Bulgarian Debt Rating Cut by S&P on ‘Volatile’ Politics

Bulgaria’s credit rating was cut by Standard & Poor’s, which said a “volatile” political backdrop is testing the country’s ability to overhaul its economy.

S&P lowered the long-term sovereign rating one level to BBB- from BBB, leaving the eastern European nation one step above junk and on par with Russia and South Africa. The ratings company assigned a stable outlook. Bulgaria’s debt is rated Baa2 by Moody’s Investors Service and BBB- by Fitch Ratings.

“Bulgaria’s political environment continues to pose a challenge for the implementation of reforms needed to tackle deep-rooted institutional and economic problems,” S&P analysts led by Aarti Sakhuja said in an e-mailed statement from London. “Absent meaningful reform progress, we expect growth to remain lackluster and unemployment high.”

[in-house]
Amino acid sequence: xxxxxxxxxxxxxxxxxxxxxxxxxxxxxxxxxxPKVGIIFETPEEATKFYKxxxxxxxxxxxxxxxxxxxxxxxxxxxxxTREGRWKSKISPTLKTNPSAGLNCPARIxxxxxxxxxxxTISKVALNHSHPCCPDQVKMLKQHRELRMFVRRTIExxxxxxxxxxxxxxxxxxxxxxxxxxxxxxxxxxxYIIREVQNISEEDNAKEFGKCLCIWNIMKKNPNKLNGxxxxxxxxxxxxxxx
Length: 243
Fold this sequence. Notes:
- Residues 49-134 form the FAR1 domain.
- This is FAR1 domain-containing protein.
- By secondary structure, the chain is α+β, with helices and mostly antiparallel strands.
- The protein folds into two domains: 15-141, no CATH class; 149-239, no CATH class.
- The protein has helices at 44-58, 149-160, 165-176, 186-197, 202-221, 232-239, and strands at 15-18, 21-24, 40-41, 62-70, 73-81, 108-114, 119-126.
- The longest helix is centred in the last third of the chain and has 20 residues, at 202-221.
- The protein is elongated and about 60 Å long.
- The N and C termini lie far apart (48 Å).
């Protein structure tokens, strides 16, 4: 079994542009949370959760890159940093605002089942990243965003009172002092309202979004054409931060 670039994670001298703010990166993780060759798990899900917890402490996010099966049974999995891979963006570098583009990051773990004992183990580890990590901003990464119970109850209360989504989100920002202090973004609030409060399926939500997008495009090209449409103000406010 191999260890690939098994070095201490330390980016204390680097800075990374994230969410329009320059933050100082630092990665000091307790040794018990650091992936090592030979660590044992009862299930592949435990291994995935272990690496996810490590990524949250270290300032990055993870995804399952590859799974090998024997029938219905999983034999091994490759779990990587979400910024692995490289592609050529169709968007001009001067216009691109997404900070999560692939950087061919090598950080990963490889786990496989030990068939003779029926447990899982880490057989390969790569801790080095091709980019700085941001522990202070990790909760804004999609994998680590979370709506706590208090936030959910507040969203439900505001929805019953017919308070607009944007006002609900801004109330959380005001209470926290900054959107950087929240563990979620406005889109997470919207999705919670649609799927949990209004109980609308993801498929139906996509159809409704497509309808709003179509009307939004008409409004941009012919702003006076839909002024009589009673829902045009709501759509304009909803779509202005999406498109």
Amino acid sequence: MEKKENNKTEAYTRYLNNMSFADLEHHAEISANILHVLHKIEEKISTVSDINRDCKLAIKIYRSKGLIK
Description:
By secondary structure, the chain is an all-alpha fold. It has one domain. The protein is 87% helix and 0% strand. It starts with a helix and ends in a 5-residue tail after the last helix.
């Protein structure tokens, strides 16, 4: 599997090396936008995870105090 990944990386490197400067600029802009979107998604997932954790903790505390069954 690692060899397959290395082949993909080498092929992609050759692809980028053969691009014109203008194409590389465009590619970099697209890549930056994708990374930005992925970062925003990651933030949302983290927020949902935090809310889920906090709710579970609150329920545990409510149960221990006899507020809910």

The Socialist government of Prime Minister Plamen Oresharski came to power a year ago after anti-austerity protests forced out his predecessor, Boyko Borissov, triggering early elections. Oresharski’s minority cabinet is under pressure to resign after a poor showing at May 25 European Parliament elections. The premier survived a fifth no-confidence vote today.

Bulgaria’s economy expanded 1.2 percent from a year earlier in the first quarter, the same pace as the previous three months, according to the statistics office. The government plans to sell Eurobonds worth 1.5 billion euros ($2 billion) this year to repay $1.1 billion of international debt due Jan. 15 and maturing domestic debt.

Global bond yields showed investors ignored 56 percent of Moody’s and 50 percent of S&P’s rating and outlook changes in 2012, more often disagreeing when the companies said governments were becoming safer or more risky, data compiled by Bloomberg show.

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